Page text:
Held: it is the effect on commerce, not the source of the injury, that dictates   
  congressional authority; congress may control anything with a ‘close and   
  substantial’ relation to IC; here, right to collective bargaining ensures overall   
  industrial peace.  
  Critics: court acting as a kind of super-legislature.  

 2) U.S. v. Darby, 1941 
  Facts: Ga. lumber and furniture co. stopped from shipping goods    
  interstate due to labor violations – min. wage, max. hours. 
  Held: federal law is not ltd. by Tenth Amendment as long as means are reasonably  
  related to goal and the activity (labor) has substantial effect IC 
  Also: there is no longer a zone of protected activities for exclusive state control under the  
  Tenth Amendment;  court moves away from categorical approach based on what is  
  production or stage of commerce; new focus on relationship b/w industry and commerce.  
 3) Wickard v. Filburn, 1942 
  Facts: wheat farmer on 12 acres subject to gov’t price fixing and ‘allotment’   
  Held: Congress has power to regulate prices to stimulate commerce. 
  Rationale: farmer is small, but regulation of smaller farms in the aggregate has a  
  big impact on the overall economy; there are some economic issues that   
  require uniformity in terms of regulation.  

21. Civil Rights:  
 Heart of Atlanta Motel, p. 169, 1964 
  Held: in passing Civil Rights Act, Congress had power to regulate    
  availability of hotels for minorities.  
  Test: as long as means are reasonably adapted to the end (the activity    
  regulated and interstate commerce), congressional action is OK.  
 Katzenbach v. McClung (Ollie’s Barbecue) 
  Facts: company’s meat comes from out of state; it refuses to     
  serve blacks in violation of Civil Rights Act;   
  Held: Congress had rational basis for finding that race discrimination in   
  restaurants adversely affects free flow of interstate commerce.  

22. CLUMR: Comstock, Lopez, U.S. v. Morrisson, Raich 
 U.S. v. Comstock, 2010: court upholds statute allowing continued civil commitment of sex  
 offenders with mental illness, even after prison sentence ends, under the Necessary & Proper 
 clause, in light of ….breadth of clause.. history of fed involvement in mental health care in federal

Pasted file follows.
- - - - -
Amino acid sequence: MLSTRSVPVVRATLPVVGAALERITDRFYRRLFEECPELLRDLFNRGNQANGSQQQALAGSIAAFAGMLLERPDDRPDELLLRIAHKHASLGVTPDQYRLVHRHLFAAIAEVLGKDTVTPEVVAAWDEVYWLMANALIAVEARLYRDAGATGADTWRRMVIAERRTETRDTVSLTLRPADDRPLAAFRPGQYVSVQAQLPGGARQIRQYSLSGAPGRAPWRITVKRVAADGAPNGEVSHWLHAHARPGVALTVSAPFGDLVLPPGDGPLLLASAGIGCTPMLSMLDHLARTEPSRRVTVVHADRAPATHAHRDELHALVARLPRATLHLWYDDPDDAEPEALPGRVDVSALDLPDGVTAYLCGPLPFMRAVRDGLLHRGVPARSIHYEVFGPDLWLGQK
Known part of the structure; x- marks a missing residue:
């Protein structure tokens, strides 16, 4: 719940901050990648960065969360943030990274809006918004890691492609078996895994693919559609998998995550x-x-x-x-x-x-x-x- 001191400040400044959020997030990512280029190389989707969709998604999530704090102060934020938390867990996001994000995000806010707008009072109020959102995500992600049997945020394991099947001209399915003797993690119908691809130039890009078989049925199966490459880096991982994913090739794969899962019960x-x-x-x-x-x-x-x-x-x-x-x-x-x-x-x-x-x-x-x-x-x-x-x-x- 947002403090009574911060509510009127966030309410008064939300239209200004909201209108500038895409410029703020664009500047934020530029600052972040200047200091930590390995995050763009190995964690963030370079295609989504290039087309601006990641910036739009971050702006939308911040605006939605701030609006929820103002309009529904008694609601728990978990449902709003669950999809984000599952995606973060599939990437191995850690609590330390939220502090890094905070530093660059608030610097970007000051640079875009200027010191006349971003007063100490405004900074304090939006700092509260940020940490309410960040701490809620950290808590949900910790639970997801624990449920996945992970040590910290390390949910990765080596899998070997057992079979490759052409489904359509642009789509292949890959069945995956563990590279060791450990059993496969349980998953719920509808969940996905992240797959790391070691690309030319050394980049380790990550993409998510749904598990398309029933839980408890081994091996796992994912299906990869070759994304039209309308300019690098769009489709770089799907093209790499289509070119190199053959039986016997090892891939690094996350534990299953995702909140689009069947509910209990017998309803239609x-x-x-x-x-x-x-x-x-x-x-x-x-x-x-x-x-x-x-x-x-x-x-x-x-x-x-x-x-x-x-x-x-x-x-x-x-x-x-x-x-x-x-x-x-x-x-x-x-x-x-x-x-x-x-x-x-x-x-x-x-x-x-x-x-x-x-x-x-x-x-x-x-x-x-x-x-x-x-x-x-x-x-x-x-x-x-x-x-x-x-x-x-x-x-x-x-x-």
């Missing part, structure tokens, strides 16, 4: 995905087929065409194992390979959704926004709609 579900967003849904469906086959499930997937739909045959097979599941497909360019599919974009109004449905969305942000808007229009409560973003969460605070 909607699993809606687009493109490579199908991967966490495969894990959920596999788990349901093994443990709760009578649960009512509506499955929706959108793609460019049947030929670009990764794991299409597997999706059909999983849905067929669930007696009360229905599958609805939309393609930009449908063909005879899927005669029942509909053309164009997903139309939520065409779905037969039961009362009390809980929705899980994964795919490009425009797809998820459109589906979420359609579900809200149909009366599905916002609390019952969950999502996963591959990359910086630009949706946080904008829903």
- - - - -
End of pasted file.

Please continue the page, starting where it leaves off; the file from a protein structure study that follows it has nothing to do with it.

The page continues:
prisons… statute’s accommodation of state interests … statute’s narrow scope, and limited 
 number of people affected… gov’t interest in safeguarding public  
 Dissent: powers of Congress are narrow and limited to what is authorized in  
 constitution; States, however, have limitless powers; power to create this statute   
 is not specifically enumerated in constitution; gov’t only has authority to detain   
 during federal crime;   
 U.S. v. Lopez, 1995, invalidates Gun Free School Zones Act; no substantial effect on IC  
 ** Rehnquist redefines CC; three categories Congress may regulate ** 
  1) Channels (Darby, Heart of Atlanta; highways, rivers) 
  2) Instrumentalities; things and persons, vehicles, airplanes 
  3) Substantial Relation b/w activities and IC (NLRB v. Jones & Laughlin Steel) 
  Dissent: commerce depends on educating kids; look at cum. effect of guns in school  
  zones, and rational basis for connection b/w guns and education and IC; “one remove.” 
 U.S. v. Morrisson, 2000, invalidates VAWA/Violence Against Women Act; college rape case. 
  Held: despite voluminous legislative record, no substantial effect on IC. 
  Dissent: gender-related violence has big economic impact on nation. 
 Gonzalez v. Raich, 2005, medical marijuana patients fight gov’t control of pot under CSA. 
  Held: despite de minimis impact of two growers on market, substantial effect on IC is  
  potentially great b/c failure to control locally will impact nation, i.e. Wickard v. Filburn. 
  ** Little supporting proof req’d; just substantial effects, with rational basis review  
  based on legitimate gov’t interest and means reasonably related. 
  One of few cases using N&P clause to justify substantial effects based on idea that  
  regulation of intrastate activity necessary to make interstate regulation effective. 
  Dissent: a great part of federalism is that states can become laboratories for new ideas.  

23. Revival of the Tenth Amendment: some protections still carved out for states 
 N.Y. v. United States, 1992, challenges federal restrictions on low-level radioactive waste. 
  Held: a federal law that imposes a substantial burden on states will be enforced only if  
  Congress clearly indicated it wanted the law to apply to state gov’t activities; in absence  
  of clear power given to Congress in Constitution (such as in Art I.), Congress can  
  encourage states to get rid of waste, but may not compel states to do so. 
  Alternatives for feds: subsidies; attach conditions on receipt of fed funds; give states  
  choice of regulating by fed standards or having fed regs pre-empt state law.  
 Printz v. United States, 1997, cops challenge interim provisions in Brady Act of 1993, forcing 
 local background checks for firearm permits, pressing cops into federal service.  
  1. Text of Constitution silent on issue. 
  2. Use of historical record: absence of early laws forcing states to enforce federal laws;  
  more recent laws are less probative of tradition.